#407 is a Consolidation (2-8-0) type locomotive, one of nineteen built for the Union Pacific in 1900 as Vauclain compounds by Burnham, Williams & Co., later incorporated as Baldwin Locomotive Works (#1622-#1639 renumbered #402-#420 in 1915). It is one of several early 20th Century UP Consolidations dotted across the Great Plains. You can see others on the UP #237, UP #437, UP #480, UP #481 and UP #485 pages of this website.
As built, #1622 had 15½" x 30" high pressure and
26" x 30" low pressure cylinders but, by the time they were delivered, many US railroads were abandoning compounds. So, from 1910 to 1912, they were progressively simplified with 21" x 30" cylinders, #1622 in February 1911. It weighs 185,350 lbs, 160,700 lbs on its drivers. The engine wheelbase is 23' 11", the driver wheelbase 15' 3". The locomotive is equipped with Stephenson valve gear and has 57" drivers. With a 33.9 sq ft grate, 219.3 sq ft firebox and total heating surface of 2,393 sq ft, it operated at a boiler pressure of 200 psi, delivering 31,719 lbs tractive effort. The standard UP Vanderbilt tender weighs 108,015 lbs light and has a capacity of 5,000 gallons of water and 11 tons of coal.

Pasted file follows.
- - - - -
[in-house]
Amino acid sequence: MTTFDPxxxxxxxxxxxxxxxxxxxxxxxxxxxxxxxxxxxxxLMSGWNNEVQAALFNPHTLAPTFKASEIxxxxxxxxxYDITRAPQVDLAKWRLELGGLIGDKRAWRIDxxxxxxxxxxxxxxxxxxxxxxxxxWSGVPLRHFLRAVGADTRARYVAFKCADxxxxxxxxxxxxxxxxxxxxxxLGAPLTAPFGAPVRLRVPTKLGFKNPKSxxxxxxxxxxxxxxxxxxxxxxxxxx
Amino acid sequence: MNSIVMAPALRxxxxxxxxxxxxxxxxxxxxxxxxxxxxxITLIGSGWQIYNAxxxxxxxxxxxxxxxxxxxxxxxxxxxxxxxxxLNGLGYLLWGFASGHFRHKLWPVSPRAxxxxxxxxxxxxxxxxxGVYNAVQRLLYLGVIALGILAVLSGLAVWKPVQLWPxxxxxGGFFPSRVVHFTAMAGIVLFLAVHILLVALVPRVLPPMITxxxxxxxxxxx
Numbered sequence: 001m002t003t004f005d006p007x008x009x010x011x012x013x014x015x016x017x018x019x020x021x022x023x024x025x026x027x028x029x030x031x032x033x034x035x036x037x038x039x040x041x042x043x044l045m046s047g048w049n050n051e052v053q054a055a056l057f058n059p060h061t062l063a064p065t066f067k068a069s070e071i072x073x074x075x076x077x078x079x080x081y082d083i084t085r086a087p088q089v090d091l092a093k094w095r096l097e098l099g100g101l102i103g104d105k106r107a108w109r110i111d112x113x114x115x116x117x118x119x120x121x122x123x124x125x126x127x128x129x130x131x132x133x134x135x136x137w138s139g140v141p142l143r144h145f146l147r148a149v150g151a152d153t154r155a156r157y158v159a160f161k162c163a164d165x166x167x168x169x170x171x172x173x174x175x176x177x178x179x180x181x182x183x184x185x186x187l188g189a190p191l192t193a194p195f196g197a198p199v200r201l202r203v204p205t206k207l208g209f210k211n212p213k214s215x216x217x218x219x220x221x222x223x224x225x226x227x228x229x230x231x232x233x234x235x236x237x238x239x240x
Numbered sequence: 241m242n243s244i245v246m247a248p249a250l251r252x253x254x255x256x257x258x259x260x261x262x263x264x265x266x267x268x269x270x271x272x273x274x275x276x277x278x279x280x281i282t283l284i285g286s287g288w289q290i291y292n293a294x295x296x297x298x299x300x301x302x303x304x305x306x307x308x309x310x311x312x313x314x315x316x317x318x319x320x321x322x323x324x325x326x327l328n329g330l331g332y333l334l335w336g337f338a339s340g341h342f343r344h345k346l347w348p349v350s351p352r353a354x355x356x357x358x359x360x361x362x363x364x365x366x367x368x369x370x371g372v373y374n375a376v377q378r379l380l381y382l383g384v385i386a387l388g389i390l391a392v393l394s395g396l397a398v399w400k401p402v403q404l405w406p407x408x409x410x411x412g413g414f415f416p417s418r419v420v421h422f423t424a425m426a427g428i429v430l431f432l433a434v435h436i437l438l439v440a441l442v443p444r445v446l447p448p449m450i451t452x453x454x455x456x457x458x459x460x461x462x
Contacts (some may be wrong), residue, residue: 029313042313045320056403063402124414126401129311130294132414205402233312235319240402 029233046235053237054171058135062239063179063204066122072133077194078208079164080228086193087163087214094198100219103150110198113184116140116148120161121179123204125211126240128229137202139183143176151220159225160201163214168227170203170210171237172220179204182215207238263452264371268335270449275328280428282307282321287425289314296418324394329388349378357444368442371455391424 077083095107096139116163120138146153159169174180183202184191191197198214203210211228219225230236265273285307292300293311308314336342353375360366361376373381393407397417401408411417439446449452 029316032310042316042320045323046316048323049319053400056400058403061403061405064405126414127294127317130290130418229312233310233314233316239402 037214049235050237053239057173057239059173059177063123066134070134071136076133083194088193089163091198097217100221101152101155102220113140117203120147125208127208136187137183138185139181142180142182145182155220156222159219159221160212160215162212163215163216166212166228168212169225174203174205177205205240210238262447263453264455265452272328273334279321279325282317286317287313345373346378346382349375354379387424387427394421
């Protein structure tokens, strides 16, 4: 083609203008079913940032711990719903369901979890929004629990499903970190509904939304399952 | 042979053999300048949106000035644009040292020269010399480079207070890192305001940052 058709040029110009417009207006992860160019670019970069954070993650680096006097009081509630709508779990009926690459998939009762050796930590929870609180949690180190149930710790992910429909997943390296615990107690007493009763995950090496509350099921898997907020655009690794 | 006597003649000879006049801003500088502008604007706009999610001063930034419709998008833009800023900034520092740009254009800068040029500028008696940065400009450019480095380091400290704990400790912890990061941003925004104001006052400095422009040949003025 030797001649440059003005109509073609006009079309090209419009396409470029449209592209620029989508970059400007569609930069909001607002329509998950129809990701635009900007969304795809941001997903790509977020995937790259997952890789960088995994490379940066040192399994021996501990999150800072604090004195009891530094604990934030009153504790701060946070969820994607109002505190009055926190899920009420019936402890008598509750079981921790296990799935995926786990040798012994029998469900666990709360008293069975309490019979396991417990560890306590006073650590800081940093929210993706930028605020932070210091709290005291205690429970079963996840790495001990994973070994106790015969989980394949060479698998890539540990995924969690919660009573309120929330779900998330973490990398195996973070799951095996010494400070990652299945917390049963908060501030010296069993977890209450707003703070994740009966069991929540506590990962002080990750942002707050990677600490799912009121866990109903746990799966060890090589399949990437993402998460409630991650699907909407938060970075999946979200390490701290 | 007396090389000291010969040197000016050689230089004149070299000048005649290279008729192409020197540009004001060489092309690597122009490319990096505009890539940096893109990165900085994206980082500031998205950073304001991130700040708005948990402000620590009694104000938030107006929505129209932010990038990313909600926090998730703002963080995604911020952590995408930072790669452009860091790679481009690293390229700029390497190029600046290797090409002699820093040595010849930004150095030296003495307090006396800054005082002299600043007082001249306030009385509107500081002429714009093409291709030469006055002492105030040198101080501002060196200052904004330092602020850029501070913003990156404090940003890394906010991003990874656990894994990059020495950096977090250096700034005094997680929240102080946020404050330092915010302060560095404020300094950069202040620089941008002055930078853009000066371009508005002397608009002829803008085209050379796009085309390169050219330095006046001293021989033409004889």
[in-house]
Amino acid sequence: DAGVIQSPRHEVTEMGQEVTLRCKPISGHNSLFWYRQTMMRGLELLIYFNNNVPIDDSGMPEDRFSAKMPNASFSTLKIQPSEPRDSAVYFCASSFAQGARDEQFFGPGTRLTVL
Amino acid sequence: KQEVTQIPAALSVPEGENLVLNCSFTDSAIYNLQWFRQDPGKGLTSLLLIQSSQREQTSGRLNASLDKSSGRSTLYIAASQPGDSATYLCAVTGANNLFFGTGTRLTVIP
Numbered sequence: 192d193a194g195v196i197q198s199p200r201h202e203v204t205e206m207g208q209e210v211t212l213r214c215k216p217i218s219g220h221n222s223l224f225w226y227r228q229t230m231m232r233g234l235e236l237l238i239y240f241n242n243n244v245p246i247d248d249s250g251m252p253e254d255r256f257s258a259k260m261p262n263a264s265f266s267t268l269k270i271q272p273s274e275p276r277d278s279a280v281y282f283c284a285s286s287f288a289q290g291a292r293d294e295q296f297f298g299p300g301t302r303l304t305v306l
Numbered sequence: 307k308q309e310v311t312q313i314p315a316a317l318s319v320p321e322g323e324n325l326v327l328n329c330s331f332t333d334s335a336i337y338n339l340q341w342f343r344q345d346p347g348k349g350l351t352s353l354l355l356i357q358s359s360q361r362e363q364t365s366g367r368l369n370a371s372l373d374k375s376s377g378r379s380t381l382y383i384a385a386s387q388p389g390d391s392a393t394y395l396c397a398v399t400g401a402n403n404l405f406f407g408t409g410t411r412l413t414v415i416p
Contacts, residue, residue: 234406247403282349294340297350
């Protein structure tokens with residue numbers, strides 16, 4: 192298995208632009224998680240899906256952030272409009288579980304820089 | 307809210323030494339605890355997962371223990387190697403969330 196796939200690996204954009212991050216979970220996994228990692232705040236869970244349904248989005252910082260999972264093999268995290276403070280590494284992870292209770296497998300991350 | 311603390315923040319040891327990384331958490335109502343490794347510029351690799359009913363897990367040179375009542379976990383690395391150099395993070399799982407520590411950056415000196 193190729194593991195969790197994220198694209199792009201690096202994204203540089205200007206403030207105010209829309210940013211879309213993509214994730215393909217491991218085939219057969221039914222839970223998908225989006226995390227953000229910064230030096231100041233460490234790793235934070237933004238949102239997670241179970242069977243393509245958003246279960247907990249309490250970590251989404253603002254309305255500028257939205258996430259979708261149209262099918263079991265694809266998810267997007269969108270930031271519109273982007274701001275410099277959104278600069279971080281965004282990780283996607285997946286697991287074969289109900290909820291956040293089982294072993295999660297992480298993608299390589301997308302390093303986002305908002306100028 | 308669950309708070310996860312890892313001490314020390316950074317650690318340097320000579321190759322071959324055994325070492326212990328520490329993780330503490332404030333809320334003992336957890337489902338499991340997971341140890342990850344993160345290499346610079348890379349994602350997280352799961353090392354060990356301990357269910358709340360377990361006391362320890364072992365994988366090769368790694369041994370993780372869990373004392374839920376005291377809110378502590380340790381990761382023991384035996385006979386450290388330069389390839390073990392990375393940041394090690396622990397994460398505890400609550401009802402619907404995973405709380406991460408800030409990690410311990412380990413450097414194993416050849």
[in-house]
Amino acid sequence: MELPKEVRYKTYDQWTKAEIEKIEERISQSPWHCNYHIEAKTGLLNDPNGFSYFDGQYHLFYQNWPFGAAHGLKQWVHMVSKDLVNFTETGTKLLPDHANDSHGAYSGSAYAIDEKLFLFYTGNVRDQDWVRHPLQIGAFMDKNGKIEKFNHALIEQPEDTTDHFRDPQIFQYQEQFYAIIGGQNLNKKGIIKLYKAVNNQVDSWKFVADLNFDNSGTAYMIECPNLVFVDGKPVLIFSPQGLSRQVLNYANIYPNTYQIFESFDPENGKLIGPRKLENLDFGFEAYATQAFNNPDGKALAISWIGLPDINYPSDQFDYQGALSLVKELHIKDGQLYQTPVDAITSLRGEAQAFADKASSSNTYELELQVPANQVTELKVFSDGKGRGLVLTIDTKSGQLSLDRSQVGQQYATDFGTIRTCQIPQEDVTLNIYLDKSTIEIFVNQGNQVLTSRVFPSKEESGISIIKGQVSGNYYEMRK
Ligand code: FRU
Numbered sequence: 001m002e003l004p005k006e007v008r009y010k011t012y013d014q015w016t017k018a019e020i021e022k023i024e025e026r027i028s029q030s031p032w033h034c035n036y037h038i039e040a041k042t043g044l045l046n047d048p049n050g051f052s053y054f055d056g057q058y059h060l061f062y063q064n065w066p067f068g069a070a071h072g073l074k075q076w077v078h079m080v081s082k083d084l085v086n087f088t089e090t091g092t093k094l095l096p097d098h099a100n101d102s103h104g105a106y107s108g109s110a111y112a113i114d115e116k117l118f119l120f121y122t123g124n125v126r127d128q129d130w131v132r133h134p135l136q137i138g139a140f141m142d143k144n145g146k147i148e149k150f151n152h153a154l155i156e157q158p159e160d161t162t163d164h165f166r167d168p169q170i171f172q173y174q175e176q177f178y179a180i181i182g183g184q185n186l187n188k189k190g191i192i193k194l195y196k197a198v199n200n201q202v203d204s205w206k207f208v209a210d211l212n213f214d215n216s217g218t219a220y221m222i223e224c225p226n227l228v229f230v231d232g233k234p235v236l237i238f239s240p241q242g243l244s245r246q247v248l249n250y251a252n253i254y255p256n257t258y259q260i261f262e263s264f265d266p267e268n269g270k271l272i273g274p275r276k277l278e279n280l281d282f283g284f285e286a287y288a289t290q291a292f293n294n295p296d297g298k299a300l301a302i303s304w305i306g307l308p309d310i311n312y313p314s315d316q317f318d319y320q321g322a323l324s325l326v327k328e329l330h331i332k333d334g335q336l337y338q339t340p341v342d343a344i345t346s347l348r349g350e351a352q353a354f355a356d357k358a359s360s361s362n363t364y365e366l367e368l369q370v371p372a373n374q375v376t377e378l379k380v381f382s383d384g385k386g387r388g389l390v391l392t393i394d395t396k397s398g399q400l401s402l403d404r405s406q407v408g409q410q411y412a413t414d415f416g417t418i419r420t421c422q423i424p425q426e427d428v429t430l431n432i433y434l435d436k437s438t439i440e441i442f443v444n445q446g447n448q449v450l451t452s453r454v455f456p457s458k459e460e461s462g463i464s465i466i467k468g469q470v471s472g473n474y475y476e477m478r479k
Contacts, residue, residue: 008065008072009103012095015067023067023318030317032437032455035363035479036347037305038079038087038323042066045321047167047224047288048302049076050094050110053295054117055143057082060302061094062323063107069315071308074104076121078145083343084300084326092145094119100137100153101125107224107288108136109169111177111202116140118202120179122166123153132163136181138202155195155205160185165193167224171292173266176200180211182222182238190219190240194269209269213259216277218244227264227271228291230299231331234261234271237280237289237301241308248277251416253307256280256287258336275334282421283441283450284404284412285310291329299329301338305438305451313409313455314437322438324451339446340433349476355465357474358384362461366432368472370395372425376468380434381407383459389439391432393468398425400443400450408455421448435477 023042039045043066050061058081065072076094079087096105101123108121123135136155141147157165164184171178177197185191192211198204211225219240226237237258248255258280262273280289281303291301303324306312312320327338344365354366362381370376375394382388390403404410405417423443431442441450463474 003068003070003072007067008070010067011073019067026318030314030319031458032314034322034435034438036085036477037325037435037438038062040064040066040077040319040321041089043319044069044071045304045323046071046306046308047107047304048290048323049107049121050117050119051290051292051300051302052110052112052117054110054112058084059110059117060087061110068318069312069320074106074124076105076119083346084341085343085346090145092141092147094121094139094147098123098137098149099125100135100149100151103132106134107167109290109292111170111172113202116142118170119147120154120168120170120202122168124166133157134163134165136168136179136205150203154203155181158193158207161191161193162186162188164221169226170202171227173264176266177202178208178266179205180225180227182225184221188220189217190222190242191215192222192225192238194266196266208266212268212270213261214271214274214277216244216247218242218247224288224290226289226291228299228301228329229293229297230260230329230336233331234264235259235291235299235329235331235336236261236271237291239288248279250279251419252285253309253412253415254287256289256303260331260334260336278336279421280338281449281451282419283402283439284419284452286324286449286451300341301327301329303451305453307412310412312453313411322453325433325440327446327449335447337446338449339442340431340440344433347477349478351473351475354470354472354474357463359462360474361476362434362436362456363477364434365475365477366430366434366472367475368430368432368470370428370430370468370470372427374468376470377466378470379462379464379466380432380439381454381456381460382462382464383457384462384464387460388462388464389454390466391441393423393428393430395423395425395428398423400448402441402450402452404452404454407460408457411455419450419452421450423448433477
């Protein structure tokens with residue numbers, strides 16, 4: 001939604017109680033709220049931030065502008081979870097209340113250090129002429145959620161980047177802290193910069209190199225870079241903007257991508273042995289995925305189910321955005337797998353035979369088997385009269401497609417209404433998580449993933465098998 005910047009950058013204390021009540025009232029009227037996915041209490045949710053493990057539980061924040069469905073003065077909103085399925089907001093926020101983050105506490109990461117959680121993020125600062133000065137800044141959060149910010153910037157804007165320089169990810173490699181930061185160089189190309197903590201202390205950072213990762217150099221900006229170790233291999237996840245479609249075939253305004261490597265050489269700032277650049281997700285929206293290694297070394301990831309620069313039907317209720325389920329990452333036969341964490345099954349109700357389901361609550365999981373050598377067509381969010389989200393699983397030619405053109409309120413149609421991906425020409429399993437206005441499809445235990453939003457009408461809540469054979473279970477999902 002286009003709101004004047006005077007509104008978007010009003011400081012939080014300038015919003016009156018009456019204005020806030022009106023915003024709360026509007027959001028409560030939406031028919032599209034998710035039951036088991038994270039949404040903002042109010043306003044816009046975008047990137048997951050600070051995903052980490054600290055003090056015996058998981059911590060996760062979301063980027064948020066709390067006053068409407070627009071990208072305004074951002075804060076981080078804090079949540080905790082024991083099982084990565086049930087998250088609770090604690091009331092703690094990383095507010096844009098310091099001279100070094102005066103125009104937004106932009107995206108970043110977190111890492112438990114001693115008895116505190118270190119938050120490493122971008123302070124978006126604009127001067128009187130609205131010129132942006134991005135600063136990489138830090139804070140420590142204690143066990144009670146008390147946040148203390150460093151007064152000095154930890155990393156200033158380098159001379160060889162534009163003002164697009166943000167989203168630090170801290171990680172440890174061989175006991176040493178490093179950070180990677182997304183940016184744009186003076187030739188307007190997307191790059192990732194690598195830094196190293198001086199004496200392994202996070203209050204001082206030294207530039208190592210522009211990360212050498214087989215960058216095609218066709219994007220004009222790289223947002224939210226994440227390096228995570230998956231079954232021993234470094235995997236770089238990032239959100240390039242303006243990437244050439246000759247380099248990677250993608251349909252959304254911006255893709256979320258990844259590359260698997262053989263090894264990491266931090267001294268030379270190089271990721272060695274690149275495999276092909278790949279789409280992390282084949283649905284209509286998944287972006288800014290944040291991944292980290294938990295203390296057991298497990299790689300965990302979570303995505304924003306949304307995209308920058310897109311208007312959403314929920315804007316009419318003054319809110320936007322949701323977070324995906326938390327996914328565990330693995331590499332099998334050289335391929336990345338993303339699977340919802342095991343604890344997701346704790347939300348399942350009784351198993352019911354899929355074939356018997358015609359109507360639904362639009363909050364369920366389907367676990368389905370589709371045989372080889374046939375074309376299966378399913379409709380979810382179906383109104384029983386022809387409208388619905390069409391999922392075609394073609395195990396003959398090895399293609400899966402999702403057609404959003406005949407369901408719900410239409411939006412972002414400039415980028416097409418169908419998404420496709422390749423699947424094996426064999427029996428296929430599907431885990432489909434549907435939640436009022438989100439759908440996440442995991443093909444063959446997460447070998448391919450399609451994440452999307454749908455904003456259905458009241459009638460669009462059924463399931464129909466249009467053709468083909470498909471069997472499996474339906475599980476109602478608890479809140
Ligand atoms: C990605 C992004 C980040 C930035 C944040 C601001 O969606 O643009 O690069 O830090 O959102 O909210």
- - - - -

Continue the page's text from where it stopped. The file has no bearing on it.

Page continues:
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From 1914, the 1622s started having superheaters installed, although #407 was one of three that remained non-superheated. The other two were #411 and #413.
Standard freight haulers on the UP's Nebraska and Wyoming mainlines, many of the 1622s worked into the 1950s, when they were progressively retired. #407, one of the last to go in 1956, was donated to the City of Sidney and is now on display opposite 10th Ave in Legion Park with BN Caboose #11357 (previously NP #10024) and Sydney & Lowe Refrigerator Car #10002.